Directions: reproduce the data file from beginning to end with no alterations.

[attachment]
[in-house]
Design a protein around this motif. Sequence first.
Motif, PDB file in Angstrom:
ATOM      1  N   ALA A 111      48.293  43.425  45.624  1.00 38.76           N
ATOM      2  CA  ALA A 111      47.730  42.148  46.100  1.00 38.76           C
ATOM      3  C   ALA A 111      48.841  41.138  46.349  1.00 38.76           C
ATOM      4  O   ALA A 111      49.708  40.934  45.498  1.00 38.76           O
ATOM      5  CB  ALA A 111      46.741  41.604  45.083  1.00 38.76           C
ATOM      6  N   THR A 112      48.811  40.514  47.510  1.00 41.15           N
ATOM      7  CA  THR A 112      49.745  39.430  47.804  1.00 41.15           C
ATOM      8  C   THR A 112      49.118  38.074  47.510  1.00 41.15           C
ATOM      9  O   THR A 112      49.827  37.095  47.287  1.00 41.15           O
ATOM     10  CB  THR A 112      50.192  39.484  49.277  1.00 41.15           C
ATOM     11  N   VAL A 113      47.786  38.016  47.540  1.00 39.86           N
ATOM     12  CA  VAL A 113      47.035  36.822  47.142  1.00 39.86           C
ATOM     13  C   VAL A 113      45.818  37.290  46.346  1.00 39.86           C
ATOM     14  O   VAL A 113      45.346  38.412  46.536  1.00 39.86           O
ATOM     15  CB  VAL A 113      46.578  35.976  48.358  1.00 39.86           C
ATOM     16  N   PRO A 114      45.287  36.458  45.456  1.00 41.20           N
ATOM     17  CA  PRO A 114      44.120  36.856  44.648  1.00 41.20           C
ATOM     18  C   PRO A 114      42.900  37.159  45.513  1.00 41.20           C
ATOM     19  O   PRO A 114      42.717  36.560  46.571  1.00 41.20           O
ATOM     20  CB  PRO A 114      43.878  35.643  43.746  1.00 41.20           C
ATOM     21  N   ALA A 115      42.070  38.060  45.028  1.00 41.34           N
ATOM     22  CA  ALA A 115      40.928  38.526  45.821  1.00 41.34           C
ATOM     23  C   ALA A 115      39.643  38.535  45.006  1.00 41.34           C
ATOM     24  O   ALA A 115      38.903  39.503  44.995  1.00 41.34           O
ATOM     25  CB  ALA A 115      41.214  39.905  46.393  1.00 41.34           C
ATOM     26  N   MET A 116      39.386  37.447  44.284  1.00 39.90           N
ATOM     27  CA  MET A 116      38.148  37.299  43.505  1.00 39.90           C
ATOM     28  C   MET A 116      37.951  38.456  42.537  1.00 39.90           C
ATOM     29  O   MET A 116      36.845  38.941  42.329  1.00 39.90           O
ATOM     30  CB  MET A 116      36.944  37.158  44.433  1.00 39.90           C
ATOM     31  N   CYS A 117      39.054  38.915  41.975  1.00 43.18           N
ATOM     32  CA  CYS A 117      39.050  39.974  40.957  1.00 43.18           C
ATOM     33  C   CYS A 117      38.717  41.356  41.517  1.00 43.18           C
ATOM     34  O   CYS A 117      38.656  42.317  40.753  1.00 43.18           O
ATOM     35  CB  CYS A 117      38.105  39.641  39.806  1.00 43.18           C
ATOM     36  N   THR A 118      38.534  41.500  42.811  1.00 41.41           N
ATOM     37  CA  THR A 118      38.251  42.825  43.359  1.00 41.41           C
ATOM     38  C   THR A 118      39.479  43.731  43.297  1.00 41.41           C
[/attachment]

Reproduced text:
[in-house]
Design a protein around this motif. Sequence first.
Motif, PDB file in Angstrom:
ATOM      1  N   ALA A 111      48.293  43.425  45.624  1.00 38.76           N
ATOM      2  CA  ALA A 111      47.730  42.148  46.100  1.00 38.76           C
ATOM      3  C   ALA A 111      48.841  41.138  46.349  1.00 38.76           C
ATOM      4  O   ALA A 111      49.708  40.934  45.498  1.00 38.76           O
ATOM      5  CB  ALA A 111      46.741  41.604  45.083  1.00 38.76           C
ATOM      6  N   THR A 112      48.811  40.514  47.510  1.00 41.15           N
ATOM      7  CA  THR A 112      49.745  39.430  47.804  1.00 41.15           C
ATOM      8  C   THR A 112      49.118  38.074  47.510  1.00 41.15           C
ATOM      9  O   THR A 112      49.827  37.095  47.287  1.00 41.15           O
ATOM     10  CB  THR A 112      50.192  39.484  49.277  1.00 41.15           C
ATOM     11  N   VAL A 113      47.786  38.016  47.540  1.00 39.86           N
ATOM     12  CA  VAL A 113      47.035  36.822  47.142  1.00 39.86           C
ATOM     13  C   VAL A 113      45.818  37.290  46.346  1.00 39.86           C
ATOM     14  O   VAL A 113      45.346  38.412  46.536  1.00 39.86           O
ATOM     15  CB  VAL A 113      46.578  35.976  48.358  1.00 39.86           C
ATOM     16  N   PRO A 114      45.287  36.458  45.456  1.00 41.20           N
ATOM     17  CA  PRO A 114      44.120  36.856  44.648  1.00 41.20           C
ATOM     18  C   PRO A 114      42.900  37.159  45.513  1.00 41.20           C
ATOM     19  O   PRO A 114      42.717  36.560  46.571  1.00 41.20           O
ATOM     20  CB  PRO A 114      43.878  35.643  43.746  1.00 41.20           C
ATOM     21  N   ALA A 115      42.070  38.060  45.028  1.00 41.34           N
ATOM     22  CA  ALA A 115      40.928  38.526  45.821  1.00 41.34           C
ATOM     23  C   ALA A 115      39.643  38.535  45.006  1.00 41.34           C
ATOM     24  O   ALA A 115      38.903  39.503  44.995  1.00 41.34           O
ATOM     25  CB  ALA A 115      41.214  39.905  46.393  1.00 41.34           C
ATOM     26  N   MET A 116      39.386  37.447  44.284  1.00 39.90           N
ATOM     27  CA  MET A 116      38.148  37.299  43.505  1.00 39.90           C
ATOM     28  C   MET A 116      37.951  38.456  42.537  1.00 39.90           C
ATOM     29  O   MET A 116      36.845  38.941  42.329  1.00 39.90           O
ATOM     30  CB  MET A 116      36.944  37.158  44.433  1.00 39.90           C
ATOM     31  N   CYS A 117      39.054  38.915  41.975  1.00 43.18           N
ATOM     32  CA  CYS A 117      39.050  39.974  40.957  1.00 43.18           C
ATOM     33  C   CYS A 117      38.717  41.356  41.517  1.00 43.18           C
ATOM     34  O   CYS A 117      38.656  42.317  40.753  1.00 43.18           O
ATOM     35  CB  CYS A 117      38.105  39.641  39.806  1.00 43.18           C
ATOM     36  N   THR A 118      38.534  41.500  42.811  1.00 41.41           N
ATOM     37  CA  THR A 118      38.251  42.825  43.359  1.00 41.41           C
ATOM     38  C   THR A 118      39.479  43.731  43.297  1.00 41.41           C